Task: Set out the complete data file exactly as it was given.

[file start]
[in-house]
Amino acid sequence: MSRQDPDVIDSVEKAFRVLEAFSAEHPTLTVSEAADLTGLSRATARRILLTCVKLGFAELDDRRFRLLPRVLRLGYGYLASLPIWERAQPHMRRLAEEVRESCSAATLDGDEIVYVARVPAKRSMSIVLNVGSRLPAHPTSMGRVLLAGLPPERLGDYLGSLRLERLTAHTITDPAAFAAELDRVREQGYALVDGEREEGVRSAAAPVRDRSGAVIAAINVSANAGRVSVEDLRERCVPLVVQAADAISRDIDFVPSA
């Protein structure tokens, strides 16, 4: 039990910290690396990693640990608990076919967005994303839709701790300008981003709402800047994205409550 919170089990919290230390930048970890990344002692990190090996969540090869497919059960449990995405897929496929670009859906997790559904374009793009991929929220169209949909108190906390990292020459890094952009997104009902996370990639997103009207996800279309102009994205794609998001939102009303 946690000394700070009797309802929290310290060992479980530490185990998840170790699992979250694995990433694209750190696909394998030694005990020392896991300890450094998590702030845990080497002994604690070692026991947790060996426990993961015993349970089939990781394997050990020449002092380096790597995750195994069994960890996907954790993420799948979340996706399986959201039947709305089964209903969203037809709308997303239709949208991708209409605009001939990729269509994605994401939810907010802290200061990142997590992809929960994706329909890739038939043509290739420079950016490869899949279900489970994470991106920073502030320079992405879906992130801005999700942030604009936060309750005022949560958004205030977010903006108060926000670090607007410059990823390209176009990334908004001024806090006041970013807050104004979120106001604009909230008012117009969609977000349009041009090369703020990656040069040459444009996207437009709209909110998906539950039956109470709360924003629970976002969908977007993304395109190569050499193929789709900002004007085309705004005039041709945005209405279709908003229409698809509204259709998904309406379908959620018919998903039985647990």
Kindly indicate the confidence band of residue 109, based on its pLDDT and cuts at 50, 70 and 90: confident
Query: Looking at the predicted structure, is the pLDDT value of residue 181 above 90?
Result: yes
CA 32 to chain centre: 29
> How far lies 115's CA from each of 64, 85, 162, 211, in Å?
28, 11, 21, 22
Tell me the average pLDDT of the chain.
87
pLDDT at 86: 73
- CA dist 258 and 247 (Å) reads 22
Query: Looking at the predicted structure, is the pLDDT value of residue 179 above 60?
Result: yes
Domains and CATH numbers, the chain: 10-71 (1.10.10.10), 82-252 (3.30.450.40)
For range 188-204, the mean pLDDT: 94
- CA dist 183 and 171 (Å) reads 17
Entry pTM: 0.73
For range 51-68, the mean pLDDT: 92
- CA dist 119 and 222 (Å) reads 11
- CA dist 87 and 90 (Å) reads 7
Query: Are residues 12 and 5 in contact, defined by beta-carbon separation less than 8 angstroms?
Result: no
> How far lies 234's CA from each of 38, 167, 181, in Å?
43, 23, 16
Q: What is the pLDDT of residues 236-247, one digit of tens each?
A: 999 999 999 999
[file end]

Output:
[in-house]
Amino acid sequence: MSRQDPDVIDSVEKAFRVLEAFSAEHPTLTVSEAADLTGLSRATARRILLTCVKLGFAELDDRRFRLLPRVLRLGYGYLASLPIWERAQPHMRRLAEEVRESCSAATLDGDEIVYVARVPAKRSMSIVLNVGSRLPAHPTSMGRVLLAGLPPERLGDYLGSLRLERLTAHTITDPAAFAAELDRVREQGYALVDGEREEGVRSAAAPVRDRSGAVIAAINVSANAGRVSVEDLRERCVPLVVQAADAISRDIDFVPSA
């Protein structure tokens, strides 16, 4: 039990910290690396990693640990608990076919967005994303839709701790300008981003709402800047994205409550 919170089990919290230390930048970890990344002692990190090996969540090869497919059960449990995405897929496929670009859906997790559904374009793009991929929220169209949909108190906390990292020459890094952009997104009902996370990639997103009207996800279309102009994205794609998001939102009303 946690000394700070009797309802929290310290060992479980530490185990998840170790699992979250694995990433694209750190696909394998030694005990020392896991300890450094998590702030845990080497002994604690070692026991947790060996426990993961015993349970089939990781394997050990020449002092380096790597995750195994069994960890996907954790993420799948979340996706399986959201039947709305089964209903969203037809709308997303239709949208991708209409605009001939990729269509994605994401939810907010802290200061990142997590992809929960994706329909890739038939043509290739420079950016490869899949279900489970994470991106920073502030320079992405879906992130801005999700942030604009936060309750005022949560958004205030977010903006108060926000670090607007410059990823390209176009990334908004001024806090006041970013807050104004979120106001604009909230008012117009969609977000349009041009090369703020990656040069040459444009996207437009709209909110998906539950039956109470709360924003629970976002969908977007993304395109190569050499193929789709900002004007085309705004005039041709945005209405279709908003229409698809509204259709998904309406379908959620018919998903039985647990």
Kindly indicate the confidence band of residue 109, based on its pLDDT and cuts at 50, 70 and 90: confident
Query: Looking at the predicted structure, is the pLDDT value of residue 181 above 90?
Result: yes
CA 32 to chain centre: 29
> How far lies 115's CA from each of 64, 85, 162, 211, in Å?
28, 11, 21, 22
Tell me the average pLDDT of the chain.
87
pLDDT at 86: 73
- CA dist 258 and 247 (Å) reads 22
Query: Looking at the predicted structure, is the pLDDT value of residue 179 above 60?
Result: yes
Domains and CATH numbers, the chain: 10-71 (1.10.10.10), 82-252 (3.30.450.40)
For range 188-204, the mean pLDDT: 94
- CA dist 183 and 171 (Å) reads 17
Entry pTM: 0.73
For range 51-68, the mean pLDDT: 92
- CA dist 119 and 222 (Å) reads 11
- CA dist 87 and 90 (Å) reads 7
Query: Are residues 12 and 5 in contact, defined by beta-carbon separation less than 8 angstroms?
Result: no
> How far lies 234's CA from each of 38, 167, 181, in Å?
43, 23, 16
Q: What is the pLDDT of residues 236-247, one digit of tens each?
A: 999 999 999 999